Amidst a still turbulent Middle Eastern scene, the United Nations blacklisted four Saudi and Kuwaiti nationals for financing Islamists in Syria and Iraq. As a response the two countries announced they would abide by the UN resolution aimed at halting any financial support to extremist groups. Moreover, the Kingdom donated $100M to the UN Counter-Terrorism Center. The Kingdom’s aid during the third quarter of 2014 also targeted the Palestinian people with $140.7M, the Iraqi people with a humanitarian assistance of $500M and the Lebanese Army with a $1B donation.
The Kingdom’s real GDP growth slowed from 4.70% in the first quarter of 2014 (Q1 2014) to 3.78% in the second quarter of 2014 (Q2 2014). Both the oil and non-oil sectors grew at a gentler pace going from 5.8% and 4.35% in Q1 2014 to 2.51% and 4.17% in Q2 2014. The private sector was the only sector witnessing acceleration in its growth from 4.43% in the first three months of the year to 4.72% in the following three months of the year.
Recent Purchasing Managers Index (PMI) readings reiterate the robustness of the private sector. The SABB HSBC Saudi Arabia Purchasing Managers Index (PMI) increased from 60.7 in August to 61.8 in September, its fourth successive upturn and the highest reading since June 2011. Strong demand especially for construction boosted new work and output while employers increased their staffing levels at the highest levels in around two years.
In spite of the ongoing shortage of affordable housing, inflation remained contained during Q2 2014. The Consumer Price Index (CPI) recorded year-on-year increases of 2.6% in June and 2.8% in July, August and September. Inflation remains at bay from last year’s highs such as the 3.7% recorded in July 2013.
According to Jones Lang La Salle’s real estate report, the shortage of housing led to an increase in sales and rental prices for the residential and retail sectors in Q3 2014.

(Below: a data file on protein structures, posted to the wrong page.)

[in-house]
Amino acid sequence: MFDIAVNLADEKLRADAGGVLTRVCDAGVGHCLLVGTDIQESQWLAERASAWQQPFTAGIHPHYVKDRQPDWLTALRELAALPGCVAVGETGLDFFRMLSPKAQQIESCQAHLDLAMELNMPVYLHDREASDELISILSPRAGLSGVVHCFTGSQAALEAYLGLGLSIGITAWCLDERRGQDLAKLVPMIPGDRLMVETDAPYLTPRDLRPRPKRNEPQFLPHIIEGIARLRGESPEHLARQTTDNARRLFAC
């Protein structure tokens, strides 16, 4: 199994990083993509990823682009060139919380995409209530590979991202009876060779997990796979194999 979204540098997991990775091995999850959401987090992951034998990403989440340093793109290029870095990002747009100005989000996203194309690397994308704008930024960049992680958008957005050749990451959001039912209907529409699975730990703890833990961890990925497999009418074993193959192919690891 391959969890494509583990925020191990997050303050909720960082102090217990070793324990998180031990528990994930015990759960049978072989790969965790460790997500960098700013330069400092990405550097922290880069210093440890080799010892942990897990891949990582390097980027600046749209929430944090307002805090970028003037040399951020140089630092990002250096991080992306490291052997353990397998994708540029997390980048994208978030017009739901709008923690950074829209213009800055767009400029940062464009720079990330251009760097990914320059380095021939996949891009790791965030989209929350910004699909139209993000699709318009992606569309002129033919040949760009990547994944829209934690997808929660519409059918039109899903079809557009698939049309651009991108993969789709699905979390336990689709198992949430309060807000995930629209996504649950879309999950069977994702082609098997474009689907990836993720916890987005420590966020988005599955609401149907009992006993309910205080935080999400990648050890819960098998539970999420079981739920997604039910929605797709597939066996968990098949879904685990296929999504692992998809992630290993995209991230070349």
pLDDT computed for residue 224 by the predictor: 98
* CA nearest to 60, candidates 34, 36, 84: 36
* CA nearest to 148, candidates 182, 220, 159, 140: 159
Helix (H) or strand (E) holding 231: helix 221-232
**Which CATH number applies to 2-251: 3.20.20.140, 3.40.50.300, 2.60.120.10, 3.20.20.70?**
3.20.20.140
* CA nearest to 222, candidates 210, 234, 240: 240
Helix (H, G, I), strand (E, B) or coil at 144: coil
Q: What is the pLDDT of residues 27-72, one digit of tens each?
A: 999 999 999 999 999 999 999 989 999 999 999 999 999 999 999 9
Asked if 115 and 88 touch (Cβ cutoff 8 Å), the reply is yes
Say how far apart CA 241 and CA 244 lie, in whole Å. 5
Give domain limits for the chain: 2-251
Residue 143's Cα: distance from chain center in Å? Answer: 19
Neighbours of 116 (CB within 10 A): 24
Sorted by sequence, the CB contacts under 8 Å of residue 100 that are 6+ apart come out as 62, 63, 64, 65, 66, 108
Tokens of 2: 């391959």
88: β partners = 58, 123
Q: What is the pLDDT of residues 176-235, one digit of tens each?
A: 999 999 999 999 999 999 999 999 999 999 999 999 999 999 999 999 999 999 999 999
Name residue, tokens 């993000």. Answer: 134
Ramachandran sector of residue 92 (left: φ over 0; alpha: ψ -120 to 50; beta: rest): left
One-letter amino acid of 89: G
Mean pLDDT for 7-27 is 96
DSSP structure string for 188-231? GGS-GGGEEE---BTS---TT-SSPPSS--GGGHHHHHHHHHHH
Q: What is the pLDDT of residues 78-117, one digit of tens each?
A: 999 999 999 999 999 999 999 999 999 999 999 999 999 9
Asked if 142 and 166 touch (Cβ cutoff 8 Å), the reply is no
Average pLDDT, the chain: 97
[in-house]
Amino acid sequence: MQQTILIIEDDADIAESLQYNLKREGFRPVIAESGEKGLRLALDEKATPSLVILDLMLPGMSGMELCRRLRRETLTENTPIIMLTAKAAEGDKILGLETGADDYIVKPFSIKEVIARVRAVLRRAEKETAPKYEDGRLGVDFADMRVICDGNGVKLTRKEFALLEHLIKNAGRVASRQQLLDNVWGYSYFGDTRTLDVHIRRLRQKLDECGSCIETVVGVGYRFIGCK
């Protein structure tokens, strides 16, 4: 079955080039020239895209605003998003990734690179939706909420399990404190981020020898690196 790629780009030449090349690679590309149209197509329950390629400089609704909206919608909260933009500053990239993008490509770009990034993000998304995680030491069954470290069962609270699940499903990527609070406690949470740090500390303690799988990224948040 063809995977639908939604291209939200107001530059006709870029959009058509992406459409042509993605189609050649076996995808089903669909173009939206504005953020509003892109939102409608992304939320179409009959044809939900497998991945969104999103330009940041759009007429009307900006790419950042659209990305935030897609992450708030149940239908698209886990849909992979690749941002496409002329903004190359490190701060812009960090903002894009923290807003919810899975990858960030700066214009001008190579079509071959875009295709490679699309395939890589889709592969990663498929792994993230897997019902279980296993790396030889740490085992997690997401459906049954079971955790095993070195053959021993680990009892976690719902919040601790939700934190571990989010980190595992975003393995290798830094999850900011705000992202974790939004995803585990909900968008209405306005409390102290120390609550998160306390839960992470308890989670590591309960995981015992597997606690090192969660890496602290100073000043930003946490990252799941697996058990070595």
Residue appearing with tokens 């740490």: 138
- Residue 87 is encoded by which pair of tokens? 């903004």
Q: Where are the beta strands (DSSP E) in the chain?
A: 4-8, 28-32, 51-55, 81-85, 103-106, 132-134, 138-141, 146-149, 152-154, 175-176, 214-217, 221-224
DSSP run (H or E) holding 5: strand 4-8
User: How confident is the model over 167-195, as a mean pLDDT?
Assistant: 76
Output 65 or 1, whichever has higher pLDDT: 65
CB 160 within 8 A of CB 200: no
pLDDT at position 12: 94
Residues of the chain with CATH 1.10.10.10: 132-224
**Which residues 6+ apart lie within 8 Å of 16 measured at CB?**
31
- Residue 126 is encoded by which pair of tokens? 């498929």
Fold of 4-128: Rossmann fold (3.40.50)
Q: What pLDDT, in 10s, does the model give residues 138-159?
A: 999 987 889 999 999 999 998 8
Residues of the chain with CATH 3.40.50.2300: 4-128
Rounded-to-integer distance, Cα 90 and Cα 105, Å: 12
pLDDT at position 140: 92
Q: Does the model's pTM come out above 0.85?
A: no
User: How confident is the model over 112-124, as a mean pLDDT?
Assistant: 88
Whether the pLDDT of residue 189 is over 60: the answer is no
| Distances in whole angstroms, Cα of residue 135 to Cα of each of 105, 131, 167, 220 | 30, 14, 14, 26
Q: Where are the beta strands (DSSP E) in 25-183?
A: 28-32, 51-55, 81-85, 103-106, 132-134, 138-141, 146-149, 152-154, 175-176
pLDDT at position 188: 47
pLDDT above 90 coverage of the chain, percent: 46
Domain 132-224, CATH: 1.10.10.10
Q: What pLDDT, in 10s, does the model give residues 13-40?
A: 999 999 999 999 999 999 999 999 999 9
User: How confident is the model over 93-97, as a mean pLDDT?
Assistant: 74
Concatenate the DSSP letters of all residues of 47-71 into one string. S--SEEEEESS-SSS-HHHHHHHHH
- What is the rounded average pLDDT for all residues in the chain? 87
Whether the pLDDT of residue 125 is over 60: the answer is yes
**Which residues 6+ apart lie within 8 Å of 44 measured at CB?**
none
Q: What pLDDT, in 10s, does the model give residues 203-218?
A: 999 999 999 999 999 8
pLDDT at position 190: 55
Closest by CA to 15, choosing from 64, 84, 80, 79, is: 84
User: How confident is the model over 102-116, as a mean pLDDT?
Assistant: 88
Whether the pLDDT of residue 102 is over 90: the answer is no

In the residential sector, the rent index for apartments rose by 6% y-o-y while the sales index grew by 11%. For villas, it’s the rental index that increased the most, rising by 12% y-o-y while the sales index edged up by 4%. Despite the 13,000 units which were completed in the first six months of the year, the total supply of 957,000 units falls short from meeting the Saudis’ demand. The Jones Lang La Salle report forecasts a supply of 6,000 units in the last quarter of 2014.
In the retail market, average retail rents per square meter have increased across the board on a quarter-to-quarter basis. Retail rents have ranged between $722.67/sqm and $754.67/sqm according to the report. In 2014, the two important completed projects were Al Nakheel Mall and the Olaya Towers Retail space while the retail segments of the King Abdullah Financial District KAFC and ITCC, the first IT park of the kingdom, were delayed and pushed into 2015.
Aside from the housing shortage, yet another challenge presents itself, but this time in one of the economy’s main pillars: Oil. The rising US oil production has flooded the market, pushing oil prices downwards to around four years low. With low production costs, Saudi Arabia is able to bear with lower prices and preserve its market share. It remains to be seen whether it will agree to once again assume its role of “swing producer” by curbing output to shore up prices.
Although lower oil prices mean lower export revenues, the Kingdom’s external position is nonetheless robust. Made up of 74% investments in foreign securities and 24% of foreign currency and deposits abroad, SAMA’s reserve assets recorded an ample $744.91B in Q3 2014. However, the accumulation of foreign reserves has slowed over 2014 posting respective year-on-year growths of 9% in Q1, 7% in Q2 and 6% in Q3.
The Tadawul Stock Exchange Index (TASI) recorded a 14.1% y-o-y growth in Q3 2014 and reached 10,854.8 points. The volume of traded shares reached 15.6B, the value of traded shares amounted to $142.03B and the total market cap totaled $590.13B. The value of investment funds stood at $32.4B in Q3 2014, a 17.6% y-o-y increase. The Saudi Arabian cabinet has licensed the Public Investment Fund to start companies in the Kingdom and abroad, on its own or with the partnership of the private and public sectors. The Capital Markets authority has also announced in July that it will allow direct foreign investment on Tadawul in early 2015. For now foreigners can only invest on Tadawul through swap arrangements: after the direct investment news broke, the number of swap arrangements increased from 173 in H1 2013 to 182 in H1 2014.